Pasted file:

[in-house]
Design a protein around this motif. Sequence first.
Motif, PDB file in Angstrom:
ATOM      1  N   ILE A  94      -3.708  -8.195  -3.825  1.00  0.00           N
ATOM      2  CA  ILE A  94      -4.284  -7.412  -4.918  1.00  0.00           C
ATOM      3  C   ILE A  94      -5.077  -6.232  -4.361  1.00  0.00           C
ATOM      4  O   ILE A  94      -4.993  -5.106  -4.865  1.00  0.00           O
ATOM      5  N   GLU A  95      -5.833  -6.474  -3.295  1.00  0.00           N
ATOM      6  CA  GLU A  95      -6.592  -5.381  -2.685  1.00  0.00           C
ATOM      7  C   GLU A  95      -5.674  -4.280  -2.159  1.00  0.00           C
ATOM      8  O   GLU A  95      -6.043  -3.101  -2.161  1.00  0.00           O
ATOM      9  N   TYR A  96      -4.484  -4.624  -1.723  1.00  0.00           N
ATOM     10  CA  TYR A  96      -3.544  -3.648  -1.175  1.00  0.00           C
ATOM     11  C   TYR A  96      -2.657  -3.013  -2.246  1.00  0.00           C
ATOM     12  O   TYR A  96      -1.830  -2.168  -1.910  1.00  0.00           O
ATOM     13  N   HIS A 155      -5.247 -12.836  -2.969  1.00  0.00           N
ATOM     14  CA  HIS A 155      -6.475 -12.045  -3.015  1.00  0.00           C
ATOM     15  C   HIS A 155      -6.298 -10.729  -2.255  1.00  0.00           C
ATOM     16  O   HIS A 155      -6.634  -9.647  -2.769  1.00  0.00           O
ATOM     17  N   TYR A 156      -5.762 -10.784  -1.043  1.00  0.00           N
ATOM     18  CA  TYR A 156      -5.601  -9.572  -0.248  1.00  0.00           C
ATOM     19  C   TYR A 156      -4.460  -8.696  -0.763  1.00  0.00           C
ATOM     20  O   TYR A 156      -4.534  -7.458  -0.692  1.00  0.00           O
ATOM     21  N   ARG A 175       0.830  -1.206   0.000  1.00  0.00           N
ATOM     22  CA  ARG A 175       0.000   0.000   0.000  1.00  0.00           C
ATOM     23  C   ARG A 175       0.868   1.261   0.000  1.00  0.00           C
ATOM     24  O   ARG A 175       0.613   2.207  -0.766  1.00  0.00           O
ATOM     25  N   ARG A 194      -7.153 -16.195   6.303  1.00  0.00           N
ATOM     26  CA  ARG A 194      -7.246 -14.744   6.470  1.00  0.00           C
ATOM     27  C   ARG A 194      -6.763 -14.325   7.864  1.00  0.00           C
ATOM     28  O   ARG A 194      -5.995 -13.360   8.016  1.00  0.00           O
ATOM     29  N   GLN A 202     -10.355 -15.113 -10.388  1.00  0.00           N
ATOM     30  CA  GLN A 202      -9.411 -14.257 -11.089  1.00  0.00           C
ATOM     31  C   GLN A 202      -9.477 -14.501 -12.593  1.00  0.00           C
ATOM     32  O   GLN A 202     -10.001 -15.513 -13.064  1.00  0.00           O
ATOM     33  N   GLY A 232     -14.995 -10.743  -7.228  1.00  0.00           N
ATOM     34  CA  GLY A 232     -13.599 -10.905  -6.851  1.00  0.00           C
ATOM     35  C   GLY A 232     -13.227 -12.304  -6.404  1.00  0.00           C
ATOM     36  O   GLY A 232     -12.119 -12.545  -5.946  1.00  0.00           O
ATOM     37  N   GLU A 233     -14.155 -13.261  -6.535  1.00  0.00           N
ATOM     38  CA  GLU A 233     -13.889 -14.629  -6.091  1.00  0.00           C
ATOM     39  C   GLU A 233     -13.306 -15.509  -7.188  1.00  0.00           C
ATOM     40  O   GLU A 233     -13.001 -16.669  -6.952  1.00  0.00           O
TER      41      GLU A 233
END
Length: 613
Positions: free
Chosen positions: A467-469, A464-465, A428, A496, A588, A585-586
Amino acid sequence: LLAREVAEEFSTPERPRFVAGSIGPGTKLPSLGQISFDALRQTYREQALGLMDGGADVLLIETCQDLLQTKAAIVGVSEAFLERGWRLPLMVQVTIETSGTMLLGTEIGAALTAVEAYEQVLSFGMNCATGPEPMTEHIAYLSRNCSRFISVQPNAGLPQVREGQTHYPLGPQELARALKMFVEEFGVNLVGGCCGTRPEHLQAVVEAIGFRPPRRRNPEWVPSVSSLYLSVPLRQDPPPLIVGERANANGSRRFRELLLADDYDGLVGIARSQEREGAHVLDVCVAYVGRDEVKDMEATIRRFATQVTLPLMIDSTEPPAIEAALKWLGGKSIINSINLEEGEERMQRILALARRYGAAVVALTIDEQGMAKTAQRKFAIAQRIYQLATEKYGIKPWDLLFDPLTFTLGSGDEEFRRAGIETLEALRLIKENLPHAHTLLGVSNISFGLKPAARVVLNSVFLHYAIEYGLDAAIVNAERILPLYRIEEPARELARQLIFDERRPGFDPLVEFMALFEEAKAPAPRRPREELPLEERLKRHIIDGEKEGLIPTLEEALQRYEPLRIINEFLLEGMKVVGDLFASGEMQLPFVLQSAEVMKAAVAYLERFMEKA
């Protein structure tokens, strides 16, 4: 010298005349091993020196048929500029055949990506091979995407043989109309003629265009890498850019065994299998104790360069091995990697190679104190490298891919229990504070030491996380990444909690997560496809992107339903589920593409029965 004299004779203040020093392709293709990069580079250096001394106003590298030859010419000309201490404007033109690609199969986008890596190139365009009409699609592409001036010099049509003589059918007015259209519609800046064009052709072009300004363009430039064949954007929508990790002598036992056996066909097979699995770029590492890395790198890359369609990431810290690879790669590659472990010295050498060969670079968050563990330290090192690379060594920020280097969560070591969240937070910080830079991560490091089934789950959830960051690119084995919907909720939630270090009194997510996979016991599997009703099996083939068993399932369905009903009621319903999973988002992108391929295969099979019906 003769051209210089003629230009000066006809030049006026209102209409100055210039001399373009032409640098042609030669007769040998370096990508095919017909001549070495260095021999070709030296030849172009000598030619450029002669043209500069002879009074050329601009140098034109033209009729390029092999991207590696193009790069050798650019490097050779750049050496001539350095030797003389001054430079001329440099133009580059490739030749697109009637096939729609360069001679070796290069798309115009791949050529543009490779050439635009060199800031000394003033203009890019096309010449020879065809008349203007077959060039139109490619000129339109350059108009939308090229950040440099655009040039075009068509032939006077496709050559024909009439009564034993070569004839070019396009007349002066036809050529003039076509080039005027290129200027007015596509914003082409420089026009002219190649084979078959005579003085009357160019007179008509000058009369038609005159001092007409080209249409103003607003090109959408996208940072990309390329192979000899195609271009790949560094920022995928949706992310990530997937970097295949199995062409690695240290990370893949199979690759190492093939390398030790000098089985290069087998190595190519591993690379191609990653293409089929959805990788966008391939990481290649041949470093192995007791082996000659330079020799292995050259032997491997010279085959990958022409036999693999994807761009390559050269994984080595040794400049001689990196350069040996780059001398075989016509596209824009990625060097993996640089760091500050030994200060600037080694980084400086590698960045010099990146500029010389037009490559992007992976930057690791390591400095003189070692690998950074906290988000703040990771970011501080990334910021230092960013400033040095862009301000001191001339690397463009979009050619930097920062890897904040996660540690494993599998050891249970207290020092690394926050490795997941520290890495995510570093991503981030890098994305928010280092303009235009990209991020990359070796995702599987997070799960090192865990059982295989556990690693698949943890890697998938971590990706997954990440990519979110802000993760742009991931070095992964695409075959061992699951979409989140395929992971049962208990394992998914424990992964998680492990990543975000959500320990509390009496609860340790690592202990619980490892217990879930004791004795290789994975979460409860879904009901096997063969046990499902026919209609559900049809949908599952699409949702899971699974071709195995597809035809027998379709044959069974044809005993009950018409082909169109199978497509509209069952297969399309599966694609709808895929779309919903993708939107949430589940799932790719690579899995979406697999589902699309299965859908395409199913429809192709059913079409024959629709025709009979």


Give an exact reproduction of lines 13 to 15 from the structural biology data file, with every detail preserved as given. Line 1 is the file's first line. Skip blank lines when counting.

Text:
ATOM     10  CA  TYR A  96      -3.544  -3.648  -1.175  1.00  0.00           C
ATOM     11  C   TYR A  96      -2.657  -3.013  -2.246  1.00  0.00           C
ATOM     12  O   TYR A  96      -1.830  -2.168  -1.910  1.00  0.00           O